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Postby Karlsweldt » Tue Feb 05, 2008 8:58 am

Here is a reference link for all processor types from Intel.
And Processor Socket Types:
For the Pentium III class from Intel.
For the Pentium II class from Intel.
The core voltage ranged from 1.35 volts to 1.75 volts.. and some early models used a 2.0 volt core.
The Pentium II and Pentium III class were somewhat interchangeable, if in the cartridge package.

There are socket adapters known as "Lin-Lin" that allow setting the voltage/bus ranges with jumpers.. for some non-supported processors on some mobos.
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Postby Twisty » Tue Feb 05, 2008 1:23 pm

quite right. I missed out the word 'coppermine' from my last post - hence totally confusing the issue and taking this post rather OT, my apologies.

The point I was making was all coppermine celes were socket 370, whereas the PIII coppermines came in both slot 1 and socket 370.

Back OT, if you want to try OCing that cele, try getting your hands on some PC100 RAM, with a bit of luck you may be able to run it on a 100Mhz bus, but the usual overclocking risks apply.
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Postby Karlsweldt » Wed Feb 06, 2008 8:00 am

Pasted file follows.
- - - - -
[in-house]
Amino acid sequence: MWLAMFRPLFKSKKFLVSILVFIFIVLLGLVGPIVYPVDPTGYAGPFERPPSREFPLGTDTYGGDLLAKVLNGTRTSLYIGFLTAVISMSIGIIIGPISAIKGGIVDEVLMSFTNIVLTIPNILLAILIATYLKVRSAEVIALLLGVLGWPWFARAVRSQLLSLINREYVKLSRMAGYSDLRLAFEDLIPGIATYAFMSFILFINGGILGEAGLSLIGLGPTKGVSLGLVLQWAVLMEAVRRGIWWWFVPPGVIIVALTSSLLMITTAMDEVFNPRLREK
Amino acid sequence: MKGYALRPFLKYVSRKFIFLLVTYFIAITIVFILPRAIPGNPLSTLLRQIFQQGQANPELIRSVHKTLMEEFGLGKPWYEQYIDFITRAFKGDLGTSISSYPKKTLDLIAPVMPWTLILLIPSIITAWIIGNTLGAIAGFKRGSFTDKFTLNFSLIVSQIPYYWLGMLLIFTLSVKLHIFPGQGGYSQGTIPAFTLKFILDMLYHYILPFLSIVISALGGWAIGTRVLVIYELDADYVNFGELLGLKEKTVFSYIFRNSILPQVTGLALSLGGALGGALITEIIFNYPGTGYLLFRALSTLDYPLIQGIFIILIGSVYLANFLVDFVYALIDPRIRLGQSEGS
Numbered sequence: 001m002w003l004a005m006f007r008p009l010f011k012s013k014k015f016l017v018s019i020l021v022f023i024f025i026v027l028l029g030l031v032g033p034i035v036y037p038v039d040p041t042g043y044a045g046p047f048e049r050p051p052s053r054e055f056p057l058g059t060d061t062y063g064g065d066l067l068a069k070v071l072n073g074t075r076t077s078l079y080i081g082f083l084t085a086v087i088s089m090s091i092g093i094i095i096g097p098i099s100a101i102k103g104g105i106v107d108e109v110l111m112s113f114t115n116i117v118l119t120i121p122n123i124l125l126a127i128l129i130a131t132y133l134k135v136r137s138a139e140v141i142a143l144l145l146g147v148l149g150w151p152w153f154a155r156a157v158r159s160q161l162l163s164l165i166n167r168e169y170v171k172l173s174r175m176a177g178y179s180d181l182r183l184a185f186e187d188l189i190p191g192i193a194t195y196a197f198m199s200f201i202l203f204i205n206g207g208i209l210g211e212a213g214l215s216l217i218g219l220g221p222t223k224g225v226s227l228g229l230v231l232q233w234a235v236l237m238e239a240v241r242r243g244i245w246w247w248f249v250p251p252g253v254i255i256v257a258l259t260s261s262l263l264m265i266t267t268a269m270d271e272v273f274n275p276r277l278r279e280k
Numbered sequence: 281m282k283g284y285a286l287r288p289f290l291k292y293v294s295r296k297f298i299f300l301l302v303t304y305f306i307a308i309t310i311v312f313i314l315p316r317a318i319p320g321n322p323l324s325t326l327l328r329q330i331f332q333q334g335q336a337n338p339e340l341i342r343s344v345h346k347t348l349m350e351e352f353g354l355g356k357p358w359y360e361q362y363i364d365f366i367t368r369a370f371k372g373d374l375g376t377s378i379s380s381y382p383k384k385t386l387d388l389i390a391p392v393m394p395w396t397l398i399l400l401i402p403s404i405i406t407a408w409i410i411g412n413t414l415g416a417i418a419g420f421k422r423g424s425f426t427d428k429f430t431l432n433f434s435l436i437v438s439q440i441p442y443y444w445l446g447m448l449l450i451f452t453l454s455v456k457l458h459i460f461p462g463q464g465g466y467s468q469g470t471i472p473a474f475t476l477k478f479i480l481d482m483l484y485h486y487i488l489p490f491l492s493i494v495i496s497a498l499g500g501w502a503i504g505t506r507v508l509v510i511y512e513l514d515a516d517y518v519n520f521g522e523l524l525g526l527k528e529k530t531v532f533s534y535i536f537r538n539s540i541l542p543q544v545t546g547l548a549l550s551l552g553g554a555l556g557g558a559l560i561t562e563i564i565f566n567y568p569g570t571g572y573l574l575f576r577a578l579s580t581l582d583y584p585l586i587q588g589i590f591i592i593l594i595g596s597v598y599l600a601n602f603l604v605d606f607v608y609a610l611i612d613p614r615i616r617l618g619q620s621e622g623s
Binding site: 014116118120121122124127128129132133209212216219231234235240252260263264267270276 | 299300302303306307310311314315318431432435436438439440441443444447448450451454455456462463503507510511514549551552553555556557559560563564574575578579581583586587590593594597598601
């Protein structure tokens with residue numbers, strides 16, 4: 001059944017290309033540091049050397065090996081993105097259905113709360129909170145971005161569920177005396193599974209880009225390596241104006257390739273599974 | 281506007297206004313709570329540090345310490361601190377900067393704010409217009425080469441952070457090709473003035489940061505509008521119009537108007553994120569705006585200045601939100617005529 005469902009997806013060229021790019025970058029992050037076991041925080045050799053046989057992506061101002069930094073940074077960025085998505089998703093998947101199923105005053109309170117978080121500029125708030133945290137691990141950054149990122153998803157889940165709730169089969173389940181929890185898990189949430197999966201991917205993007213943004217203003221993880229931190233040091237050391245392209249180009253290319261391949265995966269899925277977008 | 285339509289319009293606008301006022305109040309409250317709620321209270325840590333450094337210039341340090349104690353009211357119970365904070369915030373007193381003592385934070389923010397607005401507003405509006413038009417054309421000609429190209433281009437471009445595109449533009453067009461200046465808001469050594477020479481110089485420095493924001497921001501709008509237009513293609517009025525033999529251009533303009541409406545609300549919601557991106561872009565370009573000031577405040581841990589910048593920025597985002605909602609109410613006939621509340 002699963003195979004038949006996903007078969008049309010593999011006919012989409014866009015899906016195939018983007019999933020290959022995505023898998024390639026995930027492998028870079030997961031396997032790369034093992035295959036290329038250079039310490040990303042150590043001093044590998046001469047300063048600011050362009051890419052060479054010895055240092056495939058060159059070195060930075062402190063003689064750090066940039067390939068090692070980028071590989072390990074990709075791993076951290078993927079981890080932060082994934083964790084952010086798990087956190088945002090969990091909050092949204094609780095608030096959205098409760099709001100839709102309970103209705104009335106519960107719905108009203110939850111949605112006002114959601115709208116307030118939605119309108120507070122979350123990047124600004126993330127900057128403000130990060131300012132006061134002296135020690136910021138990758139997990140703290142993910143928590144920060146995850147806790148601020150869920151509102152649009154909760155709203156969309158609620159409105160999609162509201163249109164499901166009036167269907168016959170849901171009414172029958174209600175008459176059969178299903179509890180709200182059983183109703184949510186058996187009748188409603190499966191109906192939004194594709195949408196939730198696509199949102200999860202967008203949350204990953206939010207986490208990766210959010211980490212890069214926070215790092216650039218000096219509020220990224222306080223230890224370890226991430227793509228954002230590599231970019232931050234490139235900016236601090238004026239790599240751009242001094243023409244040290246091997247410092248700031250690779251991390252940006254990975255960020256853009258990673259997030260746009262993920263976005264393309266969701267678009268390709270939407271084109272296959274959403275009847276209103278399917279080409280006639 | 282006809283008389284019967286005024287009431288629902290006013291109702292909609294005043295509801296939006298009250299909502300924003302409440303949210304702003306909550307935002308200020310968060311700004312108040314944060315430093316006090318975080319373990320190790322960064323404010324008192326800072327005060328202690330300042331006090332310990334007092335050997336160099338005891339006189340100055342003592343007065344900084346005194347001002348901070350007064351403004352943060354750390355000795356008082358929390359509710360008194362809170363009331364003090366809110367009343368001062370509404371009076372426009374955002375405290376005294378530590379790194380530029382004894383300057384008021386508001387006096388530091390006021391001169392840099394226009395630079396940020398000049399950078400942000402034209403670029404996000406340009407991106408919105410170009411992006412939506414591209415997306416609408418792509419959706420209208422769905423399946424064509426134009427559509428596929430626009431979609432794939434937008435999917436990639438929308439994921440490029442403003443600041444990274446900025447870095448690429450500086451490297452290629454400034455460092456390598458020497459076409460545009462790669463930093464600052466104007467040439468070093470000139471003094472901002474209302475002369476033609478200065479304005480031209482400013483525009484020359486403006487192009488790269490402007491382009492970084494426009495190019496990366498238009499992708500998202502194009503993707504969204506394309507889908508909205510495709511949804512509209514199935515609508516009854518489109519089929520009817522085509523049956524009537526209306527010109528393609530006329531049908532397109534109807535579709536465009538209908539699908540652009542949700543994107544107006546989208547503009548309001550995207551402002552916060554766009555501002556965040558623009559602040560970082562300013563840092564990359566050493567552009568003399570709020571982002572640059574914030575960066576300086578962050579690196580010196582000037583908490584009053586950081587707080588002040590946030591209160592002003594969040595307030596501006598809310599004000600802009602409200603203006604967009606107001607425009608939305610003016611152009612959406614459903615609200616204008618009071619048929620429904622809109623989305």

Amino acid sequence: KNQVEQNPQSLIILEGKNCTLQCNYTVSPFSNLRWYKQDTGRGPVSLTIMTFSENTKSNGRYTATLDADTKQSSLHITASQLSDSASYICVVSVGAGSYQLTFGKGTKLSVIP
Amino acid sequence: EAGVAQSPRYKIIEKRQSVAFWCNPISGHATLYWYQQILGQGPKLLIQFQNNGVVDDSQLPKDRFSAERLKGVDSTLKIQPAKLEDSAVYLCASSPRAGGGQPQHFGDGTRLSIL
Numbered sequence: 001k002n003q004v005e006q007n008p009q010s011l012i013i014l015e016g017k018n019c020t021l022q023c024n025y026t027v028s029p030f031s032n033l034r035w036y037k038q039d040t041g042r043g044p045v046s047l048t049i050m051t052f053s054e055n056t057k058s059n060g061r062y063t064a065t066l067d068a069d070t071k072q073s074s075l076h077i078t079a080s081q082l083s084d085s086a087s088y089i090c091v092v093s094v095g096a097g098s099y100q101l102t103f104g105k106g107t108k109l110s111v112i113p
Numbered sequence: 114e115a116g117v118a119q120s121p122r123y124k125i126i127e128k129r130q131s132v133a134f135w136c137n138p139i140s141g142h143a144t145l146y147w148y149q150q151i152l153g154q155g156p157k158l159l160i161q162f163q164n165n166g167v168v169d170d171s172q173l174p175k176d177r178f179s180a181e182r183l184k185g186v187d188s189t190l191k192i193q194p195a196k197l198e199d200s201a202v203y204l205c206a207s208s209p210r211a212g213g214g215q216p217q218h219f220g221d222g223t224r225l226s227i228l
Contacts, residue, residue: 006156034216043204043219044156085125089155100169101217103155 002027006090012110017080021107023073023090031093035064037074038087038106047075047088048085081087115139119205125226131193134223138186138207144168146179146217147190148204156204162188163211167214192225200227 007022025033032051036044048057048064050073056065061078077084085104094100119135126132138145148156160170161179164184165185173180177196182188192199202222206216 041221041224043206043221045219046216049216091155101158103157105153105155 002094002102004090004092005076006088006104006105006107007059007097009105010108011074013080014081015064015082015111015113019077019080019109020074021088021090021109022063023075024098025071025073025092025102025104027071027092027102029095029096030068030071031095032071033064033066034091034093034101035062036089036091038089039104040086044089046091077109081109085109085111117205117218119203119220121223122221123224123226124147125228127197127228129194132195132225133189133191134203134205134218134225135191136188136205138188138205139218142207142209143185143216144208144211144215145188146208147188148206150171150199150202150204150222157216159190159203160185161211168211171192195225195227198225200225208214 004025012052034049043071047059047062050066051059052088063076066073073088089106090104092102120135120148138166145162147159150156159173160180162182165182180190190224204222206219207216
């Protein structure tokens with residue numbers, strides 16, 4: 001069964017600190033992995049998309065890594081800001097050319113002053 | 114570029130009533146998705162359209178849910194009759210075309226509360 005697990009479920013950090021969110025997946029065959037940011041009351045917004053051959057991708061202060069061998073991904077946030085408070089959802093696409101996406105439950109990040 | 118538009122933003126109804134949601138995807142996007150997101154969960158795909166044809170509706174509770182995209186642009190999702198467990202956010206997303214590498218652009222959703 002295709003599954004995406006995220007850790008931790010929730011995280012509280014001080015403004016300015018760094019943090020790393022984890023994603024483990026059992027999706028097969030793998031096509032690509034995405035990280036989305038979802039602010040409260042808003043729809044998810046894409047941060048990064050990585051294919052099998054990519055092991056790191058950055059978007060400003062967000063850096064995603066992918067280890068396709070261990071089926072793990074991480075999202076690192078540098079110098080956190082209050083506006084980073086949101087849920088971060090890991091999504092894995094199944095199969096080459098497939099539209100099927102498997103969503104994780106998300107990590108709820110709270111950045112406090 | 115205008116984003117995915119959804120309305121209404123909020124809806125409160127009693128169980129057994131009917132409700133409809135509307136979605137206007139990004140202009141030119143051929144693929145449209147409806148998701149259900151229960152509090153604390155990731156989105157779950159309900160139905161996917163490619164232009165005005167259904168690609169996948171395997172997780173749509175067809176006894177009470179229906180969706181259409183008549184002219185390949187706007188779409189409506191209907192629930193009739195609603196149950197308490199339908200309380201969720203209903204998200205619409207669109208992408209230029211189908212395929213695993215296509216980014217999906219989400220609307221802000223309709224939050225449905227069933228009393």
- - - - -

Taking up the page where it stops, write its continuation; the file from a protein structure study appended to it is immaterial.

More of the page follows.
Not all processors that "fit" the socket class are compatible.
Certain pins on the newer CPUs are for specific keying to control the core and I/O voltage, bus speed and ratio. Plus access to internal cache memory.
A few of the Socket 370 and Slot 1 setups had some jumpers to set.. but most of the models used an auto-set process. With today's socket types, there seldom is any controlling jumper on the mobo that is for the CPU setup. Almost all feature control is via the 'soft-set' from the BIOS pages.
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Postby Pette Broad » Wed Feb 06, 2008 5:10 pm

Karlsweldt wrote:Not all processors that "fit" the socket class are compatible.
Certain pins on the newer CPUs are for specific keying to control the core and I/O voltage, bus speed and ratio. Plus access to internal cache memory.
A few of the Socket 370 and Slot 1 setups had some jumpers to set.. but most of the models used an auto-set process. With today's socket types, there seldom is any controlling jumper on the mobo that is for the CPU setup. Almost all feature control is via the 'soft-set' from the BIOS pages.


Yes, the early P2's/370's had a few jumpers to set. My first Intel P2 board had a setup jumper which you had to short then go into the Bios and change the speed. Setting up an Asus 333 board was a nightmare but compared to some Super Socket 7 boards even that was a piece of cake :)

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